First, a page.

Help! Have I signed my document correctly?
Daniel Walker | 05/12/19
Parties spend significant time and costs agreeing the terms of contracts, but only when a contract is correctly executed and dated will those agreed terms come into effect and a party be able to enforce its rights. Below I answer 7 commonly raised questions relating to the execution of documents.
- Who needs to sign?
Only those parties that have obligations under the document generally need to sign it. The type of entity signing a document will generally dictate who should sign, as for example, the manner in which a company is required to enter into a contract is different to that of say a partnership and it should always be checked that the person signing has authority to do so.
- The document is a deed, can I sign it?
Although, the concept of a deed does not exist under Jersey law, the term “deed” is often used, especially in the trust industry. With regards to English law deeds, reference would need to be made to the UK’s Overseas Companies (Execution of Documents and Registration of Charges) Regulations 2009, which govern how overseas companies should execute contracts, deeds or other documents under English law. The general rule being that a document (including a deed) can be validly executed under English law by an overseas company using either of the following methods:
- by affixing its common seal; or
- in any manner permitted by the laws of the territory in which the overseas company is incorporated for the execution of documents by that company.
- Counterparts – What does this clause mean? Do I need one?
In order to speed up the process of signing a document, the document may be signed ‘in counterpart’. This is where a copy of the document is produced for each party signing. The parties then each sign one of the copies rather than all of them, which, when brought together, form a complete executed document.
The inclusion of a counterpart clause will reduce the risk of one of the parties arguing that, for example, as not all of the parties have signed the same document, the document is not binding.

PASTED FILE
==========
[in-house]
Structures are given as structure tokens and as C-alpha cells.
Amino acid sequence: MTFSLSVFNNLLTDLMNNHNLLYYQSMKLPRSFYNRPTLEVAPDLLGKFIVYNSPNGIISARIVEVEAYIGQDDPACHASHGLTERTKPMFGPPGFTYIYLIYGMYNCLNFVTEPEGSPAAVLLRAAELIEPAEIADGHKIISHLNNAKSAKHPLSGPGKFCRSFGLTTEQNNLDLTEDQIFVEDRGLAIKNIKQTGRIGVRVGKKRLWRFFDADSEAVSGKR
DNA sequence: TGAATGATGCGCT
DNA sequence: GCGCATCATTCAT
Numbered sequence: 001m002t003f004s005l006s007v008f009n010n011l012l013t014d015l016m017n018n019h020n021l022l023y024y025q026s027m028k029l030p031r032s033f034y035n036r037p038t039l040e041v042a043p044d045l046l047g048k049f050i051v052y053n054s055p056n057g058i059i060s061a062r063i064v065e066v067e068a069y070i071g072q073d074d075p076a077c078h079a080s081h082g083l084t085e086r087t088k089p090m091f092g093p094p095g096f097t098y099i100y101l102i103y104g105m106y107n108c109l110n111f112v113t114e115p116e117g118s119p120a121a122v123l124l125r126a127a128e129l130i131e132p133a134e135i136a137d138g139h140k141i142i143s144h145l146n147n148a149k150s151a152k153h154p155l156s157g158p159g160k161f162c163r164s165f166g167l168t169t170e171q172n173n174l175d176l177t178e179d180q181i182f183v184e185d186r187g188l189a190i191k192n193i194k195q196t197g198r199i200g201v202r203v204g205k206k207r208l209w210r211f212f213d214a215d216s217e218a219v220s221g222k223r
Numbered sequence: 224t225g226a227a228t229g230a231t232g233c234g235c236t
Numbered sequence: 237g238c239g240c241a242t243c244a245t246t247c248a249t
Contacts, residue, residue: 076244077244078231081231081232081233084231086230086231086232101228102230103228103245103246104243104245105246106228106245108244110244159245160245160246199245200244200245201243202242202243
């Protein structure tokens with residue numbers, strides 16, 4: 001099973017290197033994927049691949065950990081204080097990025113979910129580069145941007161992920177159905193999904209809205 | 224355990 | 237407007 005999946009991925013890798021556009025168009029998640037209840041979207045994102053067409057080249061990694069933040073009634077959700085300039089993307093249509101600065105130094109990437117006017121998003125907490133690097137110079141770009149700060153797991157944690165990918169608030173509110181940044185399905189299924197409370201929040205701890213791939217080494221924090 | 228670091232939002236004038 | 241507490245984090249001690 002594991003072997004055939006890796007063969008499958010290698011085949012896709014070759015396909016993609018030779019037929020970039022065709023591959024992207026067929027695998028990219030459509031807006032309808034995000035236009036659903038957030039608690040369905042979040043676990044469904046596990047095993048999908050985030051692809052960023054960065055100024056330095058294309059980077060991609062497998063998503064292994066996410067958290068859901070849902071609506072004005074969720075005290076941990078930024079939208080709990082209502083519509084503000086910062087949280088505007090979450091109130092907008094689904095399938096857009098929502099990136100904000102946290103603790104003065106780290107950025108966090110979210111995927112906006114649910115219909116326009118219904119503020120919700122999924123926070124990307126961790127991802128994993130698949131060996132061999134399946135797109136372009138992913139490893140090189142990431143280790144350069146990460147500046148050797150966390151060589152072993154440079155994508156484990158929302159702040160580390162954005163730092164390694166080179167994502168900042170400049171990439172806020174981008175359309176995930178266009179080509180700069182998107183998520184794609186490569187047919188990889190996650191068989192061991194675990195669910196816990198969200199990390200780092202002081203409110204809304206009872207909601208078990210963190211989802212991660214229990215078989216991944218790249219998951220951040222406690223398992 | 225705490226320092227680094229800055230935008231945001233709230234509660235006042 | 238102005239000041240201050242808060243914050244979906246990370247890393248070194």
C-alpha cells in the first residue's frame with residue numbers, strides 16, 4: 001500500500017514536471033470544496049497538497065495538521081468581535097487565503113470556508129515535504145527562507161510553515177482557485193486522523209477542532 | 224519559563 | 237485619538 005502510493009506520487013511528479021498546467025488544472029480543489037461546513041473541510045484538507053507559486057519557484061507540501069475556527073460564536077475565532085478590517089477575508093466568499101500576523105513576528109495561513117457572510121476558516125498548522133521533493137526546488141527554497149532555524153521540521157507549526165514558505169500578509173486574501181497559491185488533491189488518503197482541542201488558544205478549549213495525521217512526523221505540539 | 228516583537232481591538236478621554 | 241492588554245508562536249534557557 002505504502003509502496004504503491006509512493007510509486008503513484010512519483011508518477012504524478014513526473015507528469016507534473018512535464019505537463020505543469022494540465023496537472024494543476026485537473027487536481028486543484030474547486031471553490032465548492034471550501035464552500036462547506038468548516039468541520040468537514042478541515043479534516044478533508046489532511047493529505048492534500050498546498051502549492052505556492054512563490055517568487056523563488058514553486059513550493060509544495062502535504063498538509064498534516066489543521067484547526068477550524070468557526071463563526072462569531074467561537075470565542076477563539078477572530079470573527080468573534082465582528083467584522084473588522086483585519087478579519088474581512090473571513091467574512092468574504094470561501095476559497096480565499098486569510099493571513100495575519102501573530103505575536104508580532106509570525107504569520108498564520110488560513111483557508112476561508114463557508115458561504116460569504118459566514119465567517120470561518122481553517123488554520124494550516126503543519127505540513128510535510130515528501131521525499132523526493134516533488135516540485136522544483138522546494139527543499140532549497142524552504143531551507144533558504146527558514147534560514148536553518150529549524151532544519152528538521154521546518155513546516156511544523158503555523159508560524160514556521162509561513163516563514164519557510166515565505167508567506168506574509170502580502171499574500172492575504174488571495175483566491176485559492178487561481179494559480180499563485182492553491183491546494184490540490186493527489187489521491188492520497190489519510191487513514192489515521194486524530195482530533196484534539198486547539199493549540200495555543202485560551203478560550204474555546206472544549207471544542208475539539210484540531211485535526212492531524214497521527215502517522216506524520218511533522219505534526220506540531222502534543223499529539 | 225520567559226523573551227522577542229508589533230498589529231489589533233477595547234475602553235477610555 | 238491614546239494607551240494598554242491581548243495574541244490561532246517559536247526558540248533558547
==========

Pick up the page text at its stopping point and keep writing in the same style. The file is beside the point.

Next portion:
- Changes to documents executed but not dated
In some instances, changes need to be made to a document after it has been executed but before it has been dated. Such changes can be evidenced by appending to the document clear evidence that such changes have been agreed and made by a person authorised by the parties, for example, their lawyers.
- Changes to documents once they have been signed and dated
Once a document has been signed and dated, it may be the case that the document needs to be varied. The document should be checked to see if it has a variation clause, failing which, in relation to most contracts under Jersey law, provided all the parties to the agreement consent in writing, it can be amended by a simple agreement in writing and it should always be checked whether any third party’s consent is required.
- Can I backdate a document?
As Agathon famously remarked “Even the gods cannot alter the past.” The same principle holds good in Jersey law, a document cannot be backdated and the execution of a backdated document with a view to mislead may involve criminal offences. That being said, it has been held that parties may agree between themselves that a document should state that it is effective from an earlier date, but this is not true retrospectively as only the parties to the agreement are affected and not any third parties. The document should also of course be dated the day it is signed.
- Beware the type of document
It is important to note that certain types of document such as wills and powers of attorney must be signed in accordance with the relevant legislation to ensure they are valid and enforceable.
It is essential that contracts are always executed properly to ensure their validity and operation as the consequences of executing a document incorrectly can be severe.